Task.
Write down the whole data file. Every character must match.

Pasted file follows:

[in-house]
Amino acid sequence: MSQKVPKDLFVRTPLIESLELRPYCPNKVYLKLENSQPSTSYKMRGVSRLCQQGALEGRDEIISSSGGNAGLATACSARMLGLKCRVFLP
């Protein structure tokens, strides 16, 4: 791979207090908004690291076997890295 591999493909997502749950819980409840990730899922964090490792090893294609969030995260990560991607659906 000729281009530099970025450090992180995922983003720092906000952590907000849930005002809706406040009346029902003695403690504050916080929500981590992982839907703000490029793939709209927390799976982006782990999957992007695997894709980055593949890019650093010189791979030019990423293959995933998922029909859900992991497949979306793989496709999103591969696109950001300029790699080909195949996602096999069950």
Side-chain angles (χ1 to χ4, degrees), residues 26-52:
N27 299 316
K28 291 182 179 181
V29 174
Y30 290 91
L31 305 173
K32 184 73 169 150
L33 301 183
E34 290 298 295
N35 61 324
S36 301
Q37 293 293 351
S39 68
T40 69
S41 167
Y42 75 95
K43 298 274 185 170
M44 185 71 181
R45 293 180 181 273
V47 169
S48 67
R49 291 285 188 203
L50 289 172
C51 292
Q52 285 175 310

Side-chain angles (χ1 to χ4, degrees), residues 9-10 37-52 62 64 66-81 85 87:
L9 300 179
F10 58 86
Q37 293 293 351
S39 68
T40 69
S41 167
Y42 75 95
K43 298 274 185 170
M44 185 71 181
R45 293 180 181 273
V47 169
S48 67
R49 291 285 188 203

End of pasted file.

[in-house]
Amino acid sequence: MSQKVPKDLFVRTPLIESLELRPYCPNKVYLKLENSQPSTSYKMRGVSRLCQQGALEGRDEIISSSGGNAGLATACSARMLGLKCRVFLP
């Protein structure tokens, strides 16, 4: 791979207090908004690291076997890295 591999493909997502749950819980409840990730899922964090490792090893294609969030995260990560991607659906 000729281009530099970025450090992180995922983003720092906000952590907000849930005002809706406040009346029902003695403690504050916080929500981590992982839907703000490029793939709209927390799976982006782990999957992007695997894709980055593949890019650093010189791979030019990423293959995933998922029909859900992991497949979306793989496709999103591969696109950001300029790699080909195949996602096999069950």
Side-chain angles (χ1 to χ4, degrees), residues 26-52:
N27 299 316
K28 291 182 179 181
V29 174
Y30 290 91
L31 305 173
K32 184 73 169 150
L33 301 183
E34 290 298 295
N35 61 324
S36 301
Q37 293 293 351
S39 68
T40 69
S41 167
Y42 75 95
K43 298 274 185 170
M44 185 71 181
R45 293 180 181 273
V47 169
S48 67
R49 291 285 188 203
L50 289 172
C51 292
Q52 285 175 310

Side-chain angles (χ1 to χ4, degrees), residues 9-10 37-52 62 64 66-81 85 87:
L9 300 179
F10 58 86
Q37 293 293 351
S39 68
T40 69
S41 167
Y42 75 95
K43 298 274 185 170
M44 185 71 181
R45 293 180 181 273
V47 169
S48 67
R49 291 285 188 203